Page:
As Eli Wamala, summarised, “they ate what they ate.” Riding their glistening Raleigh bicycles, they were the men about town, playing both league and corporate football. My father was the traditional Number 7 for Nytil.
As a young man, raised in the cattle corridor, he had left over 50 head of cattle in Bbale and over 20 acres of land. Like many of his generation, he was determined to embrace a colonial modernity, become working-class or even capitalist later in life.
Please follow the timelines: in the late 1980s, Museveni alongside the World Bank and the International Monetary Fund (IMF) entered a deal to privatise all these companies that our parents worked for. (Well, WB-IMF forced these policies onto governments across Africa, but Museveni’s embrace, as Prof Mahmood Mamdani pointed out, was absolutely personal.
Him and his former rebels saw opportunity to both enrich themselves, impoverish nationals—making them more governable—but also endear themselves to returning colonisers). Hitherto government-owned Nyanza Textiles would be sold off to Picfare, which only turned into a storage facility.
The Nytil story is the story of Coffee Marketing Board, Lint, Chillington, Uganda Grain Millers, Tiptop Bread, Nuvita, Dunlop Tyres, British American Tobacco (BAT), Gomba Fishing Industry, Uganda Electricity Board, Print-Park, Uganda Argus, Uganda Commercial Bank, all Growers Unions, Uganda Hotels, and several others across the country. Our parents’ dreams would be permanently altered by Museveni’s gripping love affair with the World Bank and IMF.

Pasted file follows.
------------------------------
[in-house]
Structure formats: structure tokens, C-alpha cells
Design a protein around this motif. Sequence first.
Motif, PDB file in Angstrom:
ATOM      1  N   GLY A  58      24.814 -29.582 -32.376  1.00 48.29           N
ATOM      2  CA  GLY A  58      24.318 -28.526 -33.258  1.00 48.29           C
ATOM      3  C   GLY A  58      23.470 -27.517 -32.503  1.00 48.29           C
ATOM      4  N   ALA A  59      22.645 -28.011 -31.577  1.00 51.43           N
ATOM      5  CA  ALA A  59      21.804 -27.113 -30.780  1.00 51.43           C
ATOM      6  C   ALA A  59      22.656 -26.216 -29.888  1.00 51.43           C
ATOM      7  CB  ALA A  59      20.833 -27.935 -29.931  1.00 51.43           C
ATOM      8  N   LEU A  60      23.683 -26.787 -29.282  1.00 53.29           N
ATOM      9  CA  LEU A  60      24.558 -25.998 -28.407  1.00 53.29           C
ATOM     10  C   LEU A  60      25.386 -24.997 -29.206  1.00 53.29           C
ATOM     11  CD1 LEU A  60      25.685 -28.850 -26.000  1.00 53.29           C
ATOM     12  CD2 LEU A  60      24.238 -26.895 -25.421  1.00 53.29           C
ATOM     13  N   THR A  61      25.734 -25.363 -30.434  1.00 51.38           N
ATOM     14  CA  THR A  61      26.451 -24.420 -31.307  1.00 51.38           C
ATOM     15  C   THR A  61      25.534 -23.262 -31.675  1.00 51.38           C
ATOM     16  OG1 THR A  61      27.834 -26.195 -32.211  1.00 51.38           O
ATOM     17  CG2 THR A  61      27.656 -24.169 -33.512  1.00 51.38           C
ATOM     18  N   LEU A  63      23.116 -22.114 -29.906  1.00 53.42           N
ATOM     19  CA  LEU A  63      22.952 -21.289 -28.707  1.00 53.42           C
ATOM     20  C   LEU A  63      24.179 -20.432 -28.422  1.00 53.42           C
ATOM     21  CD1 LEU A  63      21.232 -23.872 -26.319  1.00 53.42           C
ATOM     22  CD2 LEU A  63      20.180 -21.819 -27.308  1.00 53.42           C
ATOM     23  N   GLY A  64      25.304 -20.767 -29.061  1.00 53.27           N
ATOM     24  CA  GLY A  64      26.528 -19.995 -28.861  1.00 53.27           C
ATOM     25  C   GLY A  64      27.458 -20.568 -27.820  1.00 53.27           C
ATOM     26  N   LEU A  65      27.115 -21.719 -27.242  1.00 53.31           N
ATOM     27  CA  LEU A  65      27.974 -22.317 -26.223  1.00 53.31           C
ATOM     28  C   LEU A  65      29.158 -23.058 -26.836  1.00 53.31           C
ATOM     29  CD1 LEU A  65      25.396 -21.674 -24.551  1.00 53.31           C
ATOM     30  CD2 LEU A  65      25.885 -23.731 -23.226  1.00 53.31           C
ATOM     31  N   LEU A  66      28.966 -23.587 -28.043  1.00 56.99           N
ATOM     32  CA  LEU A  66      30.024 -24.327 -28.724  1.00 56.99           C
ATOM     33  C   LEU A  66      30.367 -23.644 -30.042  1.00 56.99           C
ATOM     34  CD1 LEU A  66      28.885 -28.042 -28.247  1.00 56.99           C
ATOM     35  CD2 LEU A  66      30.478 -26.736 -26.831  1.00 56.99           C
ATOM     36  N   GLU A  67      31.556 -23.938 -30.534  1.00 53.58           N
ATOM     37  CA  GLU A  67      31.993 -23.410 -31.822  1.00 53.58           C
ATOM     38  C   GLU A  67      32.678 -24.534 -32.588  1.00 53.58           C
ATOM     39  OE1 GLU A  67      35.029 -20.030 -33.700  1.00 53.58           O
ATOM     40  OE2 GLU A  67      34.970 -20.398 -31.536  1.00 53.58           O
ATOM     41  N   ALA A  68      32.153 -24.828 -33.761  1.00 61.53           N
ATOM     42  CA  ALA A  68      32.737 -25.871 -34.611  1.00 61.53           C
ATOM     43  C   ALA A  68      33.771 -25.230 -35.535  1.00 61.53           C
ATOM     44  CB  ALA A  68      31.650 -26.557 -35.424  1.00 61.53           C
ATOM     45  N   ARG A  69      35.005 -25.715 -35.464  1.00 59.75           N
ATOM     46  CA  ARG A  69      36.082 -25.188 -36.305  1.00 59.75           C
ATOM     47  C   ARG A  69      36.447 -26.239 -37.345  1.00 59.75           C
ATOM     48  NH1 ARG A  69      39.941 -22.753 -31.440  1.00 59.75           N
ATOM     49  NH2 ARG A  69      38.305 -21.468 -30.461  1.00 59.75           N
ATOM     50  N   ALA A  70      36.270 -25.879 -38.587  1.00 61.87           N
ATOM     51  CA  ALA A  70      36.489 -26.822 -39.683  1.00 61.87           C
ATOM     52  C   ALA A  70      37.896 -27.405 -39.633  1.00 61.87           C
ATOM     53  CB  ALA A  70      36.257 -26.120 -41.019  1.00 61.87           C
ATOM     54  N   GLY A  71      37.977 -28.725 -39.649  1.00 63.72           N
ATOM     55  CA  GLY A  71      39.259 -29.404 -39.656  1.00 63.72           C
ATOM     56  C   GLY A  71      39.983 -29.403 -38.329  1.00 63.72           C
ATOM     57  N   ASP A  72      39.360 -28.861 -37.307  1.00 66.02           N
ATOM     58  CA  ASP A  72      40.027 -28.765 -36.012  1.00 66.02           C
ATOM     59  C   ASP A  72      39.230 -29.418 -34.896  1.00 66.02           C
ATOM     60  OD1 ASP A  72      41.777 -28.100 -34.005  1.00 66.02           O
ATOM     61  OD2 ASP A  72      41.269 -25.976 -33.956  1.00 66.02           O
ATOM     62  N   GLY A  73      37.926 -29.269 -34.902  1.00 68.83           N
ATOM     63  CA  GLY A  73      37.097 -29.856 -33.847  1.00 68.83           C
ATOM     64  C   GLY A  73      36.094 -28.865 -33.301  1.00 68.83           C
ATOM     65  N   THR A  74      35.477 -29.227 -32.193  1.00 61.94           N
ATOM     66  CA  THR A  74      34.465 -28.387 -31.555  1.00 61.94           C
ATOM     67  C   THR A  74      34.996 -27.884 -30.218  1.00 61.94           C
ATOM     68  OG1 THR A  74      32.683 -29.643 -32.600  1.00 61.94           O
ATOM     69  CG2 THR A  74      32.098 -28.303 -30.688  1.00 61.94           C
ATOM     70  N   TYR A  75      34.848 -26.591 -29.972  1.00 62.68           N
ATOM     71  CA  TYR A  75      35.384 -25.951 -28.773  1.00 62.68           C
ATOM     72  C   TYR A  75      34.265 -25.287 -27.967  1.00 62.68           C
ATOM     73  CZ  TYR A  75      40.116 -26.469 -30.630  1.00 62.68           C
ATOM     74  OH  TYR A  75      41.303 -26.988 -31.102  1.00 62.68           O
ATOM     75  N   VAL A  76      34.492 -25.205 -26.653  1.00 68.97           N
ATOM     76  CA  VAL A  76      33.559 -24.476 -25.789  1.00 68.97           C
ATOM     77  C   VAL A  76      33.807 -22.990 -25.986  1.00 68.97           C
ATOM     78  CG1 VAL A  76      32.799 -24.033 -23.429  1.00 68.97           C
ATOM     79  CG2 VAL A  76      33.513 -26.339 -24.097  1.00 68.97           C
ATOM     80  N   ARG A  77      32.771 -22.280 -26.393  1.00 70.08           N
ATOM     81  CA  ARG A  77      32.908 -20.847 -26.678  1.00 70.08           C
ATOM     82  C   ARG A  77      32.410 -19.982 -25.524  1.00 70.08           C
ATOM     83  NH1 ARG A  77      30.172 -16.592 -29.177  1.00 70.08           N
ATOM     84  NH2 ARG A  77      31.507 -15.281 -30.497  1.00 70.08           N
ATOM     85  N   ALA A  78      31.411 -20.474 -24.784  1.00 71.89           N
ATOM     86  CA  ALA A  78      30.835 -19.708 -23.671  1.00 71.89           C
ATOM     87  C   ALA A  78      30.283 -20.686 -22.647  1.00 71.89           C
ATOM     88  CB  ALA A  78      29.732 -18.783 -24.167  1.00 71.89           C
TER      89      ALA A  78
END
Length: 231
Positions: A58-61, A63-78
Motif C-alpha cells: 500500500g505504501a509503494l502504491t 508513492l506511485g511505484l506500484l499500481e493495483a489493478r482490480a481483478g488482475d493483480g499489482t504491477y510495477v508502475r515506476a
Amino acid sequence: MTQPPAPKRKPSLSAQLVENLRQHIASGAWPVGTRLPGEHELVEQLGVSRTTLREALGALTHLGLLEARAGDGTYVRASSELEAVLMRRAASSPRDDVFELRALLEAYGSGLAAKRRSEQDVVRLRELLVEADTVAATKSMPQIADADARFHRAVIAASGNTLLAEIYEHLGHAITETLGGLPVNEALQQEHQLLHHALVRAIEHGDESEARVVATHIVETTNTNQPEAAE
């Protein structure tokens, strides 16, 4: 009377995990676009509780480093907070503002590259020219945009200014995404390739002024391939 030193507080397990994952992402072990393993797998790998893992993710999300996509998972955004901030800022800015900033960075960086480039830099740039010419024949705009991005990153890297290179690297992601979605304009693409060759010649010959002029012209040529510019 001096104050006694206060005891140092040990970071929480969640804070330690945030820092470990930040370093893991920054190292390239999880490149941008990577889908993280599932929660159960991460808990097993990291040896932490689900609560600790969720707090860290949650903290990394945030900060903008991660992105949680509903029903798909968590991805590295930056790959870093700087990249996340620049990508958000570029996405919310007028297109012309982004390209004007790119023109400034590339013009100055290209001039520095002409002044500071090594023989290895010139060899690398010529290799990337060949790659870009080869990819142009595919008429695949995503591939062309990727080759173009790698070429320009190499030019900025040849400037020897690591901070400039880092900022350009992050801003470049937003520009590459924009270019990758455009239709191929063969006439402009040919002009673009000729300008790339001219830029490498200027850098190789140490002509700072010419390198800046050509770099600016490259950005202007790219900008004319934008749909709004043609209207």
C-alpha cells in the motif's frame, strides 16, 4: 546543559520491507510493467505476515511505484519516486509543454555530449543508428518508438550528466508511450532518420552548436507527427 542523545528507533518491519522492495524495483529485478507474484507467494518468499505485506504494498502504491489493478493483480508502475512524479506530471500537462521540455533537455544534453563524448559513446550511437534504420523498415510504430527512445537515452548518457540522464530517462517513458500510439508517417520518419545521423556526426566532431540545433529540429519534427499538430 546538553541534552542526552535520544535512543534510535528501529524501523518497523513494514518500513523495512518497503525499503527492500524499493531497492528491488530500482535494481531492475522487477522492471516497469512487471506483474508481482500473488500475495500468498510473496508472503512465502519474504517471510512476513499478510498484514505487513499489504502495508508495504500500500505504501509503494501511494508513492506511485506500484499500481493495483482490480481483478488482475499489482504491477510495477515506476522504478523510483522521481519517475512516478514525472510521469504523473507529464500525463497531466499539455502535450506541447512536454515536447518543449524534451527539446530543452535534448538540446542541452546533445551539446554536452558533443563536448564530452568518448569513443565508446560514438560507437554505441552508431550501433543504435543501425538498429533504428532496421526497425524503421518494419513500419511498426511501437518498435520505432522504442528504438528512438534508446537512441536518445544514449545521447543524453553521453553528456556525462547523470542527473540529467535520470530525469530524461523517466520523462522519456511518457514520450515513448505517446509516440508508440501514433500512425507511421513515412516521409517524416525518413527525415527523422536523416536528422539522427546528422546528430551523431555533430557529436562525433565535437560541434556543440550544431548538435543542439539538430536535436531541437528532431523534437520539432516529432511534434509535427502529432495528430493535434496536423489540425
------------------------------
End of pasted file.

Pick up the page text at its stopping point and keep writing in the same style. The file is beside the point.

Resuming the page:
FALSE ANKOLE-BUGANDA DIVIDE
It is here that my father’s story reflects the story of many people in Buganda and Busoga, and helps put the Buganda-Busoga vs Ankole debate in context. As early cosmopolitans, also altered by colonialism, Baganda and Basoga quickly moved away from agrarian or pastoral lives to wage labour as the country paced towards industrialisation.
Even farmers were cosmopolitanised through the growers and cooperative unions. While they still had their plantations, these were tended by labourers coming from Ankole and Rwanda.
The present conditions in Buganda and Busoga are because the modes of sustenance would be suddenly collapsed by WB and IMF – in servile association with a man with a cattle-herding worldview.
With industries and cooperative unions collapsed, the people in central Uganda struggled to return to their agrarian lifestyles. They had lost many years. Neither petty trade worked out for them as native credit banks were also collapsed—and Emmanuel Tumusiime-Mutebile executed this role till his death.
While, on the other hand, the people in Ankole returned or continued with their agrarian lifestyles (with farming skills perfected from having worked in Buganda). They are now considered more sophisticated.
But they, too, are victims of the same terrible economy—with a banking regime, for example, which only cripples their efforts to process and sell their agricultural products at good prices, either aboard or an equally impoverished capital city. It is 30 years ago since all this stuff happened—Washington Consensus and Museveni are still in place—and Buganda and Busoga are still struggling. Ankole is in this trap as well.
The author is a political theorist based at Makerere University.